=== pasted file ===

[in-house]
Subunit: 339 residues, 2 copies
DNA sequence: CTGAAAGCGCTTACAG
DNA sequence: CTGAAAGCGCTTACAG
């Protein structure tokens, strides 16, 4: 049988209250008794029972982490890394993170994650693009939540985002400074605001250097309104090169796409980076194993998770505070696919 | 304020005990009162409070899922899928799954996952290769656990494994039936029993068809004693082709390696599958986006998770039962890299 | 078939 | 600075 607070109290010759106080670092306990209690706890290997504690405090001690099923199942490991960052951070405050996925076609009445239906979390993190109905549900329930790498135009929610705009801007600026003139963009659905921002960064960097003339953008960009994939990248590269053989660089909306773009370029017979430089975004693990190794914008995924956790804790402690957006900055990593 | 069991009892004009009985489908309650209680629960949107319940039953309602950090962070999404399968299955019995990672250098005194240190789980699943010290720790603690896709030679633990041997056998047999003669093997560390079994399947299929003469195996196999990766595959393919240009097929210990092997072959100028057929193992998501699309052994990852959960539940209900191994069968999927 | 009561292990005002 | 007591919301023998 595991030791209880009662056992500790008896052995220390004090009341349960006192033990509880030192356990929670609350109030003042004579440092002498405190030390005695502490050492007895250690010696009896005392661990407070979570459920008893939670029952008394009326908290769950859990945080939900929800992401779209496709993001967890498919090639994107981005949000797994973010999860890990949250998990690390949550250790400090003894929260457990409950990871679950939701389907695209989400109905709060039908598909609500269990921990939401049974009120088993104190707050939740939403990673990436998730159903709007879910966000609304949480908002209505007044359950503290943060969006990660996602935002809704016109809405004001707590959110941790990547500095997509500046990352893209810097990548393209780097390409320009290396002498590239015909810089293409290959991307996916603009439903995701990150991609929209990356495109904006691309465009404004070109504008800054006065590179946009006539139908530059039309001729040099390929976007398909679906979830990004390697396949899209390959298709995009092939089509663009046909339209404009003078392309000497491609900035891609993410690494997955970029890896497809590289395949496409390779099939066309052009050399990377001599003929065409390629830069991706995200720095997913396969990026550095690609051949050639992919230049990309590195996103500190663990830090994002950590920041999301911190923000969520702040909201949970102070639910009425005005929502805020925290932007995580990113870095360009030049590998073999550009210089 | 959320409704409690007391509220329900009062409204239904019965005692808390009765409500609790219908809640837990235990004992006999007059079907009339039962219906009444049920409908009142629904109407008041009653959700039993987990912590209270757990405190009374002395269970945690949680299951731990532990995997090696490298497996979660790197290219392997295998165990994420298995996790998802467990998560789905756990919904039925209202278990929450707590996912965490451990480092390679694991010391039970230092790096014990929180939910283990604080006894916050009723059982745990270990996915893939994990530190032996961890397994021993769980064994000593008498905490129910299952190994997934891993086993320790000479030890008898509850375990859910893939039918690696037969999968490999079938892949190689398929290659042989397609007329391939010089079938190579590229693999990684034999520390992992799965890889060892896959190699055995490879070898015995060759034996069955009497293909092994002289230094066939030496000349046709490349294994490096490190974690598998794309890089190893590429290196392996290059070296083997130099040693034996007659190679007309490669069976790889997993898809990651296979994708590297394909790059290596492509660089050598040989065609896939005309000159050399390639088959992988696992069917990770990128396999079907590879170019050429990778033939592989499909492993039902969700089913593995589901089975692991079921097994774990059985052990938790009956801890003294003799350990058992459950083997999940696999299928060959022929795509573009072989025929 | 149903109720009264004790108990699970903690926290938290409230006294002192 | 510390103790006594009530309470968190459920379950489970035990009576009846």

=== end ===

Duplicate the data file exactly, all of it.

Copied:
[in-house]
Subunit: 339 residues, 2 copies
DNA sequence: CTGAAAGCGCTTACAG
DNA sequence: CTGAAAGCGCTTACAG
């Protein structure tokens, strides 16, 4: 049988209250008794029972982490890394993170994650693009939540985002400074605001250097309104090169796409980076194993998770505070696919 | 304020005990009162409070899922899928799954996952290769656990494994039936029993068809004693082709390696599958986006998770039962890299 | 078939 | 600075 607070109290010759106080670092306990209690706890290997504690405090001690099923199942490991960052951070405050996925076609009445239906979390993190109905549900329930790498135009929610705009801007600026003139963009659905921002960064960097003339953008960009994939990248590269053989660089909306773009370029017979430089975004693990190794914008995924956790804790402690957006900055990593 | 069991009892004009009985489908309650209680629960949107319940039953309602950090962070999404399968299955019995990672250098005194240190789980699943010290720790603690896709030679633990041997056998047999003669093997560390079994399947299929003469195996196999990766595959393919240009097929210990092997072959100028057929193992998501699309052994990852959960539940209900191994069968999927 | 009561292990005002 | 007591919301023998 595991030791209880009662056992500790008896052995220390004090009341349960006192033990509880030192356990929670609350109030003042004579440092002498405190030390005695502490050492007895250690010696009896005392661990407070979570459920008893939670029952008394009326908290769950859990945080939900929800992401779209496709993001967890498919090639994107981005949000797994973010999860890990949250998990690390949550250790400090003894929260457990409950990871679950939701389907695209989400109905709060039908598909609500269990921990939401049974009120088993104190707050939740939403990673990436998730159903709007879910966000609304949480908002209505007044359950503290943060969006990660996602935002809704016109809405004001707590959110941790990547500095997509500046990352893209810097990548393209780097390409320009290396002498590239015909810089293409290959991307996916603009439903995701990150991609929209990356495109904006691309465009404004070109504008800054006065590179946009006539139908530059039309001729040099390929976007398909679906979830990004390697396949899209390959298709995009092939089509663009046909339209404009003078392309000497491609900035891609993410690494997955970029890896497809590289395949496409390779099939066309052009050399990377001599003929065409390629830069991706995200720095997913396969990026550095690609051949050639992919230049990309590195996103500190663990830090994002950590920041999301911190923000969520702040909201949970102070639910009425005005929502805020925290932007995580990113870095360009030049590998073999550009210089 | 959320409704409690007391509220329900009062409204239904019965005692808390009765409500609790219908809640837990235990004992006999007059079907009339039962219906009444049920409908009142629904109407008041009653959700039993987990912590209270757990405190009374002395269970945690949680299951731990532990995997090696490298497996979660790197290219392997295998165990994420298995996790998802467990998560789905756990919904039925209202278990929450707590996912965490451990480092390679694991010391039970230092790096014990929180939910283990604080006894916050009723059982745990270990996915893939994990530190032996961890397994021993769980064994000593008498905490129910299952190994997934891993086993320790000479030890008898509850375990859910893939039918690696037969999968490999079938892949190689398929290659042989397609007329391939010089079938190579590229693999990684034999520390992992799965890889060892896959190699055995490879070898015995060759034996069955009497293909092994002289230094066939030496000349046709490349294994490096490190974690598998794309890089190893590429290196392996290059070296083997130099040693034996007659190679007309490669069976790889997993898809990651296979994708590297394909790059290596492509660089050598040989065609896939005309000159050399390639088959992988696992069917990770990128396999079907590879170019050429990778033939592989499909492993039902969700089913593995589901089975692991079921097994774990059985052990938790009956801890003294003799350990058992459950083997999940696999299928060959022929795509573009072989025929 | 149903109720009264004790108990699970903690926290938290409230006294002192 | 510390103790006594009530309470968190459920379950489970035990009576009846």